‘BE THANKFUL’: Reports health workers are being abused
"DISAPPOINTING" is one word local authorities have used in response to reports of residents hurling abuse at health workers manning COVID-19 testing clinics, and nurses walking the streets in protective gear.
Today Coffs-Clarence Police, local Members of Parliament and the Mid North Health District released a joint statement imploring that residents, who may have been deemed uneligible for testing, to remain thankful for healthcare and frontline workers helping to fight the deadly virus.
Coffs-Clarence Superintendent Steve Clarke, Member for Cowper Pat Conaghan, Member for Coffs Harbour Gurmesh Singh and MNCLHD Chief Executive Stewart Dowrick reminded residents of their moral and legal duty to treat the state's frontline workers well.
"Apart from it being socially unacceptable, in some circumstances it may be a criminal offence to intimidate or cause fear in someone by your actions under the NSW Crimes Act," Mr Conaghan said.
Three COVID-19 assessment clinics have been set up at health campuses in Coffs Harbour, Kempsey and Port Macquarie, and the North Coast Primary Health Network is working with general practices to seek expressions of interest to establish coronavirus respiratory clinics.
MNCLHD Chief Executive Stewart Dowrick said some people who are ineligible for testing have been taking frustrations out on local health care workers.
He said so far 2,489 people on the Mid North Coast tested for COVID-19 have been excluded, with 44 cases confirmed.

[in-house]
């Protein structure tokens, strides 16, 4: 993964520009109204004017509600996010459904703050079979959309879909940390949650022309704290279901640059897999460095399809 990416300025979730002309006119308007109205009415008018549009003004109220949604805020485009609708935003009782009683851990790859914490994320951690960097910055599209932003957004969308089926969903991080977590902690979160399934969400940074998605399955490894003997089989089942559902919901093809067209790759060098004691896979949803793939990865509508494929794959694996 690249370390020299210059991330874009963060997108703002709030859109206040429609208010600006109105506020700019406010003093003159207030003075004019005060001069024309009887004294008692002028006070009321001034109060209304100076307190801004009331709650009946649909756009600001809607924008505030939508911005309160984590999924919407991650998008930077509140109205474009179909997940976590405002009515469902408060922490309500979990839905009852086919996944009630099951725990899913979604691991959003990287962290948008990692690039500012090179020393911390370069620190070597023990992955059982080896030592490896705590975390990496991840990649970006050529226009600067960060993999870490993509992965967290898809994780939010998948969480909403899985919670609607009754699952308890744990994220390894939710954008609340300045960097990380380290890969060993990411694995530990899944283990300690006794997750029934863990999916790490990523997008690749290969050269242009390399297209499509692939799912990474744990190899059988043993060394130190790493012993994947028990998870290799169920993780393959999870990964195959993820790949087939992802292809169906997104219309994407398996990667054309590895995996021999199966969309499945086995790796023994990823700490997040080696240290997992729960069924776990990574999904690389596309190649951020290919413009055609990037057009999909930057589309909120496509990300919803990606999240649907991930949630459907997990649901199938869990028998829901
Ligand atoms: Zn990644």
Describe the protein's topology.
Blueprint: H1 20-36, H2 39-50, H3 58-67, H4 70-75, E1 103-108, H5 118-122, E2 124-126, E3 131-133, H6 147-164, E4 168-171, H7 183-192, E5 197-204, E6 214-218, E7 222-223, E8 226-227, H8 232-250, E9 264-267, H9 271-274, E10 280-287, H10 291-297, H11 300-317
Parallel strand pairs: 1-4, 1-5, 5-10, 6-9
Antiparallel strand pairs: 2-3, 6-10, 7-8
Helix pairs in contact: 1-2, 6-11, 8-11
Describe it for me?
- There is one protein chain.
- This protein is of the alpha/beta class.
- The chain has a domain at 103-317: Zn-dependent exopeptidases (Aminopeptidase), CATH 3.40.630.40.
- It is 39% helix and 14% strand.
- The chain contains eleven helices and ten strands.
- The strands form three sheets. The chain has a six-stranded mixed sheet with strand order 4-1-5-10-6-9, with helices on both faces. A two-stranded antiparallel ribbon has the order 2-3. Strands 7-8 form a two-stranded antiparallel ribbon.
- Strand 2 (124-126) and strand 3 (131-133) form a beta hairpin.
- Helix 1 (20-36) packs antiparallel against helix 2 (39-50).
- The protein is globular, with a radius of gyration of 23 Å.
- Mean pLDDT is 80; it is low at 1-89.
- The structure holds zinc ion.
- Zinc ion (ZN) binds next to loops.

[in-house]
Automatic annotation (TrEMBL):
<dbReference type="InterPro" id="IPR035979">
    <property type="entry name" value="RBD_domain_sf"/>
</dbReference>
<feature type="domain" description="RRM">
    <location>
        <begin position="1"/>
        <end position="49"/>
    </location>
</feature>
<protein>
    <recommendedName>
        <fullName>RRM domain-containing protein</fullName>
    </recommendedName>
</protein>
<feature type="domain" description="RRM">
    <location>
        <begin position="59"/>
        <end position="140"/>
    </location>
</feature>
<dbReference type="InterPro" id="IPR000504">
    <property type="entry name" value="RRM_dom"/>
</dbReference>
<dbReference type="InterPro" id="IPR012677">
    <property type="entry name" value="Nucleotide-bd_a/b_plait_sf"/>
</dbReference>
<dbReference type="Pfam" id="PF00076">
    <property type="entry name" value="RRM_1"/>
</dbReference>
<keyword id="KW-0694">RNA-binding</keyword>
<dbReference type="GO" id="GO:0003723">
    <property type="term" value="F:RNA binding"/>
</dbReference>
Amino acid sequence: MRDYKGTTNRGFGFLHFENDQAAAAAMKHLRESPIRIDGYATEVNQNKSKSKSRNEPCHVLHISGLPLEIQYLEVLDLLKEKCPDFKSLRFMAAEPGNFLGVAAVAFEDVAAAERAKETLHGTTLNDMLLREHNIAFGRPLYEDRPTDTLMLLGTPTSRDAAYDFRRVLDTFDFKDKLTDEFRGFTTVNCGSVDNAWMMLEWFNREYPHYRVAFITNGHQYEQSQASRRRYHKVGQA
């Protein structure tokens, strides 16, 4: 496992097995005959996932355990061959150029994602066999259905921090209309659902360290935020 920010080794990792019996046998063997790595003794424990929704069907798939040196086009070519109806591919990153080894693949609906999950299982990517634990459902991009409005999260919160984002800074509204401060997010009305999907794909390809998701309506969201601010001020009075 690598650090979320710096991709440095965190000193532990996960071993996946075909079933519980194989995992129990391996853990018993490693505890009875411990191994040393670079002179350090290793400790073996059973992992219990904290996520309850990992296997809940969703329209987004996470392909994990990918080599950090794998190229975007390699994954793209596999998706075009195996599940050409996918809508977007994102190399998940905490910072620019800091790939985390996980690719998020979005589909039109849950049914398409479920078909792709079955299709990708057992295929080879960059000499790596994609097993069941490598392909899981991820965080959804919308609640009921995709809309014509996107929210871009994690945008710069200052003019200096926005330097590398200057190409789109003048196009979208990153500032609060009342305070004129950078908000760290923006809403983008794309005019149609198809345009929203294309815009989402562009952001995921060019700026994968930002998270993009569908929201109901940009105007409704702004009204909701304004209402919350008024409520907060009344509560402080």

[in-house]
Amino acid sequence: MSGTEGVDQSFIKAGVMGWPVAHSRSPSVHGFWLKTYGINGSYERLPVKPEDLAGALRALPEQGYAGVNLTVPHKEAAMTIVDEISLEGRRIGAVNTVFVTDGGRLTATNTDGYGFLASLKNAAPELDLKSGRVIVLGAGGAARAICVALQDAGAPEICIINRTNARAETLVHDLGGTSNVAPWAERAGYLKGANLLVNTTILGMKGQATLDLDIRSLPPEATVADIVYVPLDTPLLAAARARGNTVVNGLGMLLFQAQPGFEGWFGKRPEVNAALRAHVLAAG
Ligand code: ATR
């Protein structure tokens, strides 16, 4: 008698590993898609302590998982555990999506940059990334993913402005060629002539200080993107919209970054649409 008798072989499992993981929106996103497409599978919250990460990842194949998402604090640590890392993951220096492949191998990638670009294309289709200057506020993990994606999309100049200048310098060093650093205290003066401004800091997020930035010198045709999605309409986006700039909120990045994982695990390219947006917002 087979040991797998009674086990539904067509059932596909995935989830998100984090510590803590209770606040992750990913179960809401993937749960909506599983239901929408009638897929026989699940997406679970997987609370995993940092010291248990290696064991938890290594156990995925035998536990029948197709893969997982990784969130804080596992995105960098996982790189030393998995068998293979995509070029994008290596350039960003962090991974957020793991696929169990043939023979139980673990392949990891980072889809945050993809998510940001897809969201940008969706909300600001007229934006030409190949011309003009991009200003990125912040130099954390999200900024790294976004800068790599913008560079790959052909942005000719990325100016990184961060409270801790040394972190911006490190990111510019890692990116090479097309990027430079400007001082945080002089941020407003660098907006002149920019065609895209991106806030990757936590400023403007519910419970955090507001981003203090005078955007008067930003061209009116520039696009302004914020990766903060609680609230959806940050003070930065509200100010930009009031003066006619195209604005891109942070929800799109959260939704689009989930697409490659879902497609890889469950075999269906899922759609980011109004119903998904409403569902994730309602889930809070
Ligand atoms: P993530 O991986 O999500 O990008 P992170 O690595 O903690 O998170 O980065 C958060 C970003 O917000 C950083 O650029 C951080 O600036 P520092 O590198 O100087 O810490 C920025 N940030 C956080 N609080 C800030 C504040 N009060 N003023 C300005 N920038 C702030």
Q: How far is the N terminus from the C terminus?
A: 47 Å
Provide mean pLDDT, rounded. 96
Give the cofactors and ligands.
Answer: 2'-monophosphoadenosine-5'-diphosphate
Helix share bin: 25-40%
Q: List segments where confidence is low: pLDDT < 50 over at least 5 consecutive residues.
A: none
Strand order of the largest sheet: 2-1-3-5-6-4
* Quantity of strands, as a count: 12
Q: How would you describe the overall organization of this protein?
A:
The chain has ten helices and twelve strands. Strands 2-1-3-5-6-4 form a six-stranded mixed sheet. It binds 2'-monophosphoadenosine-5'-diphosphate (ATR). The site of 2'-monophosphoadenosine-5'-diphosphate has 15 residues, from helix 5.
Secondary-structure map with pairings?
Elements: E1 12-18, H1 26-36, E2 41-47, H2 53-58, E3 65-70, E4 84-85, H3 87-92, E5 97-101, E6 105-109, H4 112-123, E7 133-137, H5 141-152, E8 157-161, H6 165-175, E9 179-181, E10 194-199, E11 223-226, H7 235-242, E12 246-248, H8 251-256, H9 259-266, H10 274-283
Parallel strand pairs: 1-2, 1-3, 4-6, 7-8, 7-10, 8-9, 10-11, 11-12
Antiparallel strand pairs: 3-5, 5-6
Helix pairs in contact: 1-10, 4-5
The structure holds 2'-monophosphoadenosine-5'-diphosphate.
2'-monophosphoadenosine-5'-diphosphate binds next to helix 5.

"I can understand why people find it frustrating they cannot simply present at a clinic and be tested, but the eligibility criteria has been established for good reasons," Mr Dowrick said.
Across NSW so far, 108,239 people have been tested for COVID-19 and excluded.
Member for Coffs Harbour Gurmesh Singh also urged locals to remain courteous and calm.
"We are doing all we can to stop the spread of COVID-19 and I implore residents to keep doing the right things, practice good hygiene, exercise social distancing and be kind to one another.
"Any intimidation and abuse of frontline health workers will not be tolerated."
Residents are reminded they will only be tested for COVID-19 if they meet the following criteria:
- You have returned from overseas in the past 14 days and you develop respiratory illness with
or without fever
- You have been in close contact with a confirmed COVID-19 case in the past 14 days and you develop a respiratory illness with or without fever
- You have severe community-acquired pneumonia and there is no clear cause
- You are a healthcare worker who works directly with patients and you have a respiratory
illness and a fever.